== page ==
Category Investments

Savvy investors can mitigate the impact of COVID-19 with tax savings

02 June 2020 Old Mutual Wealth

While the pandemic has hit global financial markets hard, astute investors can still use this time to make potentially significant tax savings in the long term.

In times of extreme market volatility, research shows that investors who stick to their long-term strategy come out best. But while staying the proverbial course, there are two compelling estate and tax planning opportunities that promise to protect the long-term wealth of astute investors.

This is according to Elbé Thatcher, Fiduciary Specialist at Old Mutual Wealth, who says “while the current market volatility due to COVID-19 presents numerous challenges to investment performance, there are some valuable tax planning opportunities that can soften the blow.”

The first is the trust, which despite it falling out of favour in 2017 after changes in regulation, continues to offer investors compelling advantages. “A trust remains a great way to secure the long-term financial stability of a family by offering continuity and asset protection. This is because the trust and any assets owned by the trust are unaffected by the death of a family member, making it a great tool for estate planning,” says Thatcher.

Thatcher explains that before March 2017, growth assets – such as fixed property and shares – could be transferred to a trust by way of an interest-free loan, which the trustees could pay off over time. With changes to Section 7C, this could no longer be the case, making the vehicle unattractive due to the added tax burden.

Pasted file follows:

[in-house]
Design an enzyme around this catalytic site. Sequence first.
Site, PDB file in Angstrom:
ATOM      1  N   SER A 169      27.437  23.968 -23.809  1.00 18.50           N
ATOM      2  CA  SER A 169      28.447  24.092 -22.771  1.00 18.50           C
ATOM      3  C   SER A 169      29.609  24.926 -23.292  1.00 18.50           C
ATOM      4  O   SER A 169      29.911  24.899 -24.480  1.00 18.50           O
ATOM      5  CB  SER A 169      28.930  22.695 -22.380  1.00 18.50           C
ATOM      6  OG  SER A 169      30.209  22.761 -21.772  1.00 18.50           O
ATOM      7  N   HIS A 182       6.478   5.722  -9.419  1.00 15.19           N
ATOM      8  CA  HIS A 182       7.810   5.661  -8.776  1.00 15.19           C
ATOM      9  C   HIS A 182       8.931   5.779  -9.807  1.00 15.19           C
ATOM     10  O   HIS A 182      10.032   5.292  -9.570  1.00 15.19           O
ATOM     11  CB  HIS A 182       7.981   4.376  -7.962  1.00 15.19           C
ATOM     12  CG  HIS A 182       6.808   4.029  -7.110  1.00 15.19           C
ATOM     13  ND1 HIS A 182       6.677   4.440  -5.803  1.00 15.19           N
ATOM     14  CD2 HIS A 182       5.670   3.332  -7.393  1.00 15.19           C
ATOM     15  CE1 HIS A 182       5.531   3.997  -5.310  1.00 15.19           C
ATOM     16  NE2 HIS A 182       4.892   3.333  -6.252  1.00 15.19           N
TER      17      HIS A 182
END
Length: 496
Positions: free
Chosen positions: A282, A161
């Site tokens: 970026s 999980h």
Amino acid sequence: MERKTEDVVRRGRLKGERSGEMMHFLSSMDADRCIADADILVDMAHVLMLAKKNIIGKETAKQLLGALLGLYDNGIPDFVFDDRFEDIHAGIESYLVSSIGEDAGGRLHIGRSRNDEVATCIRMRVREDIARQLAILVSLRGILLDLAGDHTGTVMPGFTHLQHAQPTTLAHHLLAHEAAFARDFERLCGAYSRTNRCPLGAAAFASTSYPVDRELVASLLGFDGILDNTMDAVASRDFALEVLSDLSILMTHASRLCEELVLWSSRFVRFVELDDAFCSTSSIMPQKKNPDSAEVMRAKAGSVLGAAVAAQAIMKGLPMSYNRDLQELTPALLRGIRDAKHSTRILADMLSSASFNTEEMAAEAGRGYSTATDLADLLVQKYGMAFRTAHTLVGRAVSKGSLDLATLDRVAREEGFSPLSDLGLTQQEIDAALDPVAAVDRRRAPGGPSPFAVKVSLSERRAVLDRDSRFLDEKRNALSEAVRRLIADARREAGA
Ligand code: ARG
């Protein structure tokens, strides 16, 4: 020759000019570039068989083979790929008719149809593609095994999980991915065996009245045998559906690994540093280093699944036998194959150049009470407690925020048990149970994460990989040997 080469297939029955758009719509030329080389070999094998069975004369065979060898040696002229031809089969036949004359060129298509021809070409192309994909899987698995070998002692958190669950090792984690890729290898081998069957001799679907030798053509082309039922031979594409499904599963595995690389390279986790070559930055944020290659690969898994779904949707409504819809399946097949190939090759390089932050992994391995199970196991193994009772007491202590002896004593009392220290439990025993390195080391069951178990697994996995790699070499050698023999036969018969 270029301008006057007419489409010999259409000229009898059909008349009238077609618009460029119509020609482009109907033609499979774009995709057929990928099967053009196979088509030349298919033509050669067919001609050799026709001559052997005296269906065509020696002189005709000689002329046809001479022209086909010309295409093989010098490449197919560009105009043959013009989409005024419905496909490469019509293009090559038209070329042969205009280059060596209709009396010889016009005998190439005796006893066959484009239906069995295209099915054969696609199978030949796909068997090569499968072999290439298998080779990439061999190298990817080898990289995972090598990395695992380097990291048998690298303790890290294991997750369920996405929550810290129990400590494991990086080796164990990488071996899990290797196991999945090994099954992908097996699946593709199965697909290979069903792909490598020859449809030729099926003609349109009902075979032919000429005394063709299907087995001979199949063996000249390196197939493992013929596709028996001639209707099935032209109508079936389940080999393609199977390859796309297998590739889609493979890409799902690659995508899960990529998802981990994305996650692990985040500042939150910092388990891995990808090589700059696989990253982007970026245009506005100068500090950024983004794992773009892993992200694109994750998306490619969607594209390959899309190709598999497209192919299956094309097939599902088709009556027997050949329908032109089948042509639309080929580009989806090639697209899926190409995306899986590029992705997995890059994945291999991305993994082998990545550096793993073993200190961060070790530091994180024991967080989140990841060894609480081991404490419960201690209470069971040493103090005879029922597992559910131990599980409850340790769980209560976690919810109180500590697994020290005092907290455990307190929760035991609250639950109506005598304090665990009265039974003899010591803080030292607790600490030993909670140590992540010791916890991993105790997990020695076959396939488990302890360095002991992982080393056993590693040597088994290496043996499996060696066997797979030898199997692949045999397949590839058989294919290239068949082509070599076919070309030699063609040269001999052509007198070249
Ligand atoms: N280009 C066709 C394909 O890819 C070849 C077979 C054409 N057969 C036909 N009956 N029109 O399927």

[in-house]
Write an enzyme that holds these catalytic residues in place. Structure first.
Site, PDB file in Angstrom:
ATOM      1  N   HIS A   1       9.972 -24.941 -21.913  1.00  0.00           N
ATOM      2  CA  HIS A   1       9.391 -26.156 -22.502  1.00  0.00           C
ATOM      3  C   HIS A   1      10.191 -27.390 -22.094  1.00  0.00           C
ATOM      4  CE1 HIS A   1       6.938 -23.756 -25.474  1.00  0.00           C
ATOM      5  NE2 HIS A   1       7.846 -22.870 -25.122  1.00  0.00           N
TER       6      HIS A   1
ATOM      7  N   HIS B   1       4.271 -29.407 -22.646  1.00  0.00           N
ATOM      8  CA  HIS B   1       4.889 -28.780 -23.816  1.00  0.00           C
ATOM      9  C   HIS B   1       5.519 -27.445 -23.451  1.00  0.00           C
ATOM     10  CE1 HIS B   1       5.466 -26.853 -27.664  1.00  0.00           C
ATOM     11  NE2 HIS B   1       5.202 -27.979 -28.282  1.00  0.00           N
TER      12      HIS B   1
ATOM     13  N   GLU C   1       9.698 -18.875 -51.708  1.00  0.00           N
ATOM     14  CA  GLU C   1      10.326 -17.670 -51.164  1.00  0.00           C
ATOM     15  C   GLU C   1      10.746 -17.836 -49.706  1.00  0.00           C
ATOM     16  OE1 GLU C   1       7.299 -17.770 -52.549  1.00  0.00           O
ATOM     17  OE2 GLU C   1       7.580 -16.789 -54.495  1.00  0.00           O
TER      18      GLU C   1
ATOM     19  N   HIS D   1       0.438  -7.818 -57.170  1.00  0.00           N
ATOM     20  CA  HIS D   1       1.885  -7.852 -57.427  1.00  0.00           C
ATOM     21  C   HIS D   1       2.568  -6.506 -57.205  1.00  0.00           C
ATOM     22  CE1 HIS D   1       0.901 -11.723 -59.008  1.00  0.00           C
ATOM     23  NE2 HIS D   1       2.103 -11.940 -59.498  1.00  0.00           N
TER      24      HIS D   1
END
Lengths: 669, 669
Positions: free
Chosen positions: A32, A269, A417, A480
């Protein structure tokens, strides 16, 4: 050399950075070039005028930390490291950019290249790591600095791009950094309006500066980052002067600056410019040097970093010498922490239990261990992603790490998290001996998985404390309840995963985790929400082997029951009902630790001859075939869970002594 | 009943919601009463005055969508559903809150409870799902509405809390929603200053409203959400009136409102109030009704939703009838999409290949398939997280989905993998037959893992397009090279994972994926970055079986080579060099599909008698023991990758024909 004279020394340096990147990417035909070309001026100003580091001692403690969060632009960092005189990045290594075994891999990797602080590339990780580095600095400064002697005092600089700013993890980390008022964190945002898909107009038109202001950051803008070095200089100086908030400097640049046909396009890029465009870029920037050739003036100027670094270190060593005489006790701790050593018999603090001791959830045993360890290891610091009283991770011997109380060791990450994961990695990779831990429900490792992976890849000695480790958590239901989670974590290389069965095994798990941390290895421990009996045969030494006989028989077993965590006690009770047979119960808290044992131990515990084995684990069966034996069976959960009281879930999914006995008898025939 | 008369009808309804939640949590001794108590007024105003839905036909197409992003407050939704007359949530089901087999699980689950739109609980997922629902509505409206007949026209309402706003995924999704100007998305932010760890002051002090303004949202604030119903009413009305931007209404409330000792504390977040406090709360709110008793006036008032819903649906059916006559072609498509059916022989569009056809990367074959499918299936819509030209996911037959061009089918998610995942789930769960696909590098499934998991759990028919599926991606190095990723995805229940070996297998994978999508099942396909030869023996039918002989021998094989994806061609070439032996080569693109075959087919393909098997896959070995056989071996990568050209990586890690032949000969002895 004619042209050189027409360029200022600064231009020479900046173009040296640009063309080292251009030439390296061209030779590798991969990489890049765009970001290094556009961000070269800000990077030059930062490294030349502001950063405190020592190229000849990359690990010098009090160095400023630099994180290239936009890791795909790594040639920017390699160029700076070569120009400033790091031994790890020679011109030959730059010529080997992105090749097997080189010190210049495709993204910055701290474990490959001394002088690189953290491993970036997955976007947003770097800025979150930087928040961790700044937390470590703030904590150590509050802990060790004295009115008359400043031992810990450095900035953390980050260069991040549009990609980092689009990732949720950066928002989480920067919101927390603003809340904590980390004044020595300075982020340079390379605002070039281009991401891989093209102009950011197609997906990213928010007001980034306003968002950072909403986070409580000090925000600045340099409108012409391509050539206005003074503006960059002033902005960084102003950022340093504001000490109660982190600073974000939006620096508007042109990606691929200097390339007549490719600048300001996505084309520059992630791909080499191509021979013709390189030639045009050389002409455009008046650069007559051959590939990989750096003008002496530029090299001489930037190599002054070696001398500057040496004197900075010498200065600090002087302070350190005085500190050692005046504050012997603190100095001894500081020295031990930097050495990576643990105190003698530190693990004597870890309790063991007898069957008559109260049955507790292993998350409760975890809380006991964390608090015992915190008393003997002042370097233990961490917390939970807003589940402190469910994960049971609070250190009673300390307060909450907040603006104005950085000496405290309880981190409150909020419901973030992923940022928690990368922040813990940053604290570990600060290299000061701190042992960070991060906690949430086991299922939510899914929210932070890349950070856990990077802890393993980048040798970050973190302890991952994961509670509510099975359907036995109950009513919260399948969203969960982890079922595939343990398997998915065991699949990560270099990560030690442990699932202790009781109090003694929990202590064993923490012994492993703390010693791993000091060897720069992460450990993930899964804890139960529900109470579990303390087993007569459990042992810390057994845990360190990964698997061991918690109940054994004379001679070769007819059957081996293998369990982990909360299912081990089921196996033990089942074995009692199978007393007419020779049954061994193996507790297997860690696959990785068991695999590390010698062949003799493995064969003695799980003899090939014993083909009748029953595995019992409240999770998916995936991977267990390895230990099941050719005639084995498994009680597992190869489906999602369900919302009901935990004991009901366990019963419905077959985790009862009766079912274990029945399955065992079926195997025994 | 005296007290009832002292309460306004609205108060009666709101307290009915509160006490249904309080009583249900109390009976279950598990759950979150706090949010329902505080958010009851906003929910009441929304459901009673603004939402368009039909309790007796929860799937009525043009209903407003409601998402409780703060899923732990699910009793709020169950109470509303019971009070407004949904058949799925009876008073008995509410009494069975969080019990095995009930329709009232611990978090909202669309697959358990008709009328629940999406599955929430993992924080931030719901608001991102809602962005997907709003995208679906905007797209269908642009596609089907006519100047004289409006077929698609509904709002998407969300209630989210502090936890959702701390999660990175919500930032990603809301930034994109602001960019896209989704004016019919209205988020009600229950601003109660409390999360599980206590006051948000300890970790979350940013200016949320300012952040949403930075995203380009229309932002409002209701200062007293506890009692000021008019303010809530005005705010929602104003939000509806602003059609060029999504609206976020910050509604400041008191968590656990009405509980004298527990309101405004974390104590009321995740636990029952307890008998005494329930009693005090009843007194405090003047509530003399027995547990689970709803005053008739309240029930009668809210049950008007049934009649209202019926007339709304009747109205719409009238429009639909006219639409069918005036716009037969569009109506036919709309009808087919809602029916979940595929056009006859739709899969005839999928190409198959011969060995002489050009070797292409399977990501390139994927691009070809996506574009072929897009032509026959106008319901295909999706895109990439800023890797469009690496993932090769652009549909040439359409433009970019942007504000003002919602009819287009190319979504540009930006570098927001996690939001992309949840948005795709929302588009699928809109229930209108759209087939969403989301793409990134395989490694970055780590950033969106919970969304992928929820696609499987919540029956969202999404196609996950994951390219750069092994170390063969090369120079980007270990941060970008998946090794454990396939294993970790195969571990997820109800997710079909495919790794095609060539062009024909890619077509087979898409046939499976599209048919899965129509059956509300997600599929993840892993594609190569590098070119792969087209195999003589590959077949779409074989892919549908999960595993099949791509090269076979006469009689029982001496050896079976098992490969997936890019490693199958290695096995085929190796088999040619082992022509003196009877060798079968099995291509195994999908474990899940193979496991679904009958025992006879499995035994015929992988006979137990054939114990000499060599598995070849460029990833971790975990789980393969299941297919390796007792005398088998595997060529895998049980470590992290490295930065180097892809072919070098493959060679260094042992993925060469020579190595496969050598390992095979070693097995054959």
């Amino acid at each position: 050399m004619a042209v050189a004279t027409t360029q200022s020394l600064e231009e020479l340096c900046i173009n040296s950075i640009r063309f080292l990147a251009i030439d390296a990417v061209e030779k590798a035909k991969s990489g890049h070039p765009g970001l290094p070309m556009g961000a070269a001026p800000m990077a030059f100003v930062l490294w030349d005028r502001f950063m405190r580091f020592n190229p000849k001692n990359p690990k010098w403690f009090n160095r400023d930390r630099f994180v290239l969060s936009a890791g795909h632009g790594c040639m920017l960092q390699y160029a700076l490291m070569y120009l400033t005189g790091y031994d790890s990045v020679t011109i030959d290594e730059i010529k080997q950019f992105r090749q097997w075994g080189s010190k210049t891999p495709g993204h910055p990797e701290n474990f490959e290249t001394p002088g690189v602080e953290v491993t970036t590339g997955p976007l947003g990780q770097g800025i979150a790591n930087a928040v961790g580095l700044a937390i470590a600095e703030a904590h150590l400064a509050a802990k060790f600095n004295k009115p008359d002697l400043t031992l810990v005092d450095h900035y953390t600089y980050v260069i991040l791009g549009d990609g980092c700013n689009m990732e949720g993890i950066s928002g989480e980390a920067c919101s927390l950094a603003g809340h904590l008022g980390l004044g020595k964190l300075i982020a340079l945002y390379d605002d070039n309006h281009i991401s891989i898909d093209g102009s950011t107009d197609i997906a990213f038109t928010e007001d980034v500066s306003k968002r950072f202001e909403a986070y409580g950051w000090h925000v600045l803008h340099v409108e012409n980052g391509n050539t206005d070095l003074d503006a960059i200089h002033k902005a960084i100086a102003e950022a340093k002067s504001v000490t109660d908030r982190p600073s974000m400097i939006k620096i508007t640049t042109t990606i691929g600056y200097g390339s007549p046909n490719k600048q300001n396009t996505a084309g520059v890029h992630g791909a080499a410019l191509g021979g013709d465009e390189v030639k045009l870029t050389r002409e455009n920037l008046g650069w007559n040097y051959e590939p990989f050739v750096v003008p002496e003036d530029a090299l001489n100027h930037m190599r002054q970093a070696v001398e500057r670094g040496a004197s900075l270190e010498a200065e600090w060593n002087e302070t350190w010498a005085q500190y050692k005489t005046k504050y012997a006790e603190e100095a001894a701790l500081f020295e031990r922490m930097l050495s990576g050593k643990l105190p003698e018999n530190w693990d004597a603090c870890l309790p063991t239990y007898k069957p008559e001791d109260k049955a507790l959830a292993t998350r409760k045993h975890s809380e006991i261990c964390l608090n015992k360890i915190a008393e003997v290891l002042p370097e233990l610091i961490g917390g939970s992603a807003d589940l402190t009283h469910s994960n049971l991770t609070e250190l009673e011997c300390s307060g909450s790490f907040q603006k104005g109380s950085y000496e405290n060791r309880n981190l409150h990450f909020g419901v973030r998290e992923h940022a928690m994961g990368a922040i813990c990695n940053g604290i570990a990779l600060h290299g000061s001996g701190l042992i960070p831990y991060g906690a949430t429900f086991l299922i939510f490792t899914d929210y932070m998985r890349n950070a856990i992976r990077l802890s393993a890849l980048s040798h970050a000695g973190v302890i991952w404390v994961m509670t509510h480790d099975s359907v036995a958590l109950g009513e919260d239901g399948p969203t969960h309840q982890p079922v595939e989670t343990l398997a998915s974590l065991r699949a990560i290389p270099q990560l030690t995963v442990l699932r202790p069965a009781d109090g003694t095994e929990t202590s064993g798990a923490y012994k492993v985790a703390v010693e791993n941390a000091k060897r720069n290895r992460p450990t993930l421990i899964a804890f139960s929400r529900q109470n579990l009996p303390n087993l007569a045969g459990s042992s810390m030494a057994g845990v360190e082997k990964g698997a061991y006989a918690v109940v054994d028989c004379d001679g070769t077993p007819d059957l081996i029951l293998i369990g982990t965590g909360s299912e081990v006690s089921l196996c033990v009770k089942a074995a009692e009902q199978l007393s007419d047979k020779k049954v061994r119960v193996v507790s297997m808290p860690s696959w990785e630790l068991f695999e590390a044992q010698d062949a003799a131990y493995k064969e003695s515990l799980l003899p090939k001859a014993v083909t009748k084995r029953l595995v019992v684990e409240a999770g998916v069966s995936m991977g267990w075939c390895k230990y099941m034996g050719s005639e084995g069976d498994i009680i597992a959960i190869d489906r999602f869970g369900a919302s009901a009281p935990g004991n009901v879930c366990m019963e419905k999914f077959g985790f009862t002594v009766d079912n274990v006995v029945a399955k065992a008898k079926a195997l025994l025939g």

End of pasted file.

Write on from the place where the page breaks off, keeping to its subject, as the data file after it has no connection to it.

However, with the recent reduction in the repo rate, only loans to the trust over R2,1 million will attract donations tax (if the client has not utilised the annual R100,000 donation), thus making it an opportune time to transfer growth assets to the trust.

Furthermore, the fall in markets due to the COVID-19 pandemic has seen the value of share portfolios decline and therefore attracting lower capital gains tax (CGT).

“Because the CGT payable drops along with the value of your portfolio, it makes it a good time to think about transferring these assets into a trust. With the market recovery, the share portfolio – now owned by the trust – should increase to the benefit of the trust beneficiaries,” says Thatcher.

She says that the same principle can apply to offshore investments, which are subject to hefty taxes and estate duty. “Apart from the numerous other benefits, transferring your existing offshore share portfolio into a type of endowment known as an ‘offshore life wrapper’ can reduce tax and simplify the winding up of your estate,” says Thatcher.

“In normal circumstances, the transfer of offshore assets into this wrapper would trigger a CGT as it is considered a “deemed disposal”. However, doing so when global markets are at a low point, and the value of your portfolio is thus lower, means you pay less CGT than you otherwise would.”

When you consider that a 40 percent inheritance tax is payable on the value of share portfolios exceeding £325 000 in the UK, or $60 000 in the US, it becomes clear that an offshore life wrapper can save investors a lot of money in the long term.

“While investors would always do well to seek out professional advice for their unique circumstances, for those inclined to seize the moment, long-term tax savings could be the upside of market turmoil created by COVID-19,” concludes Thatcher.


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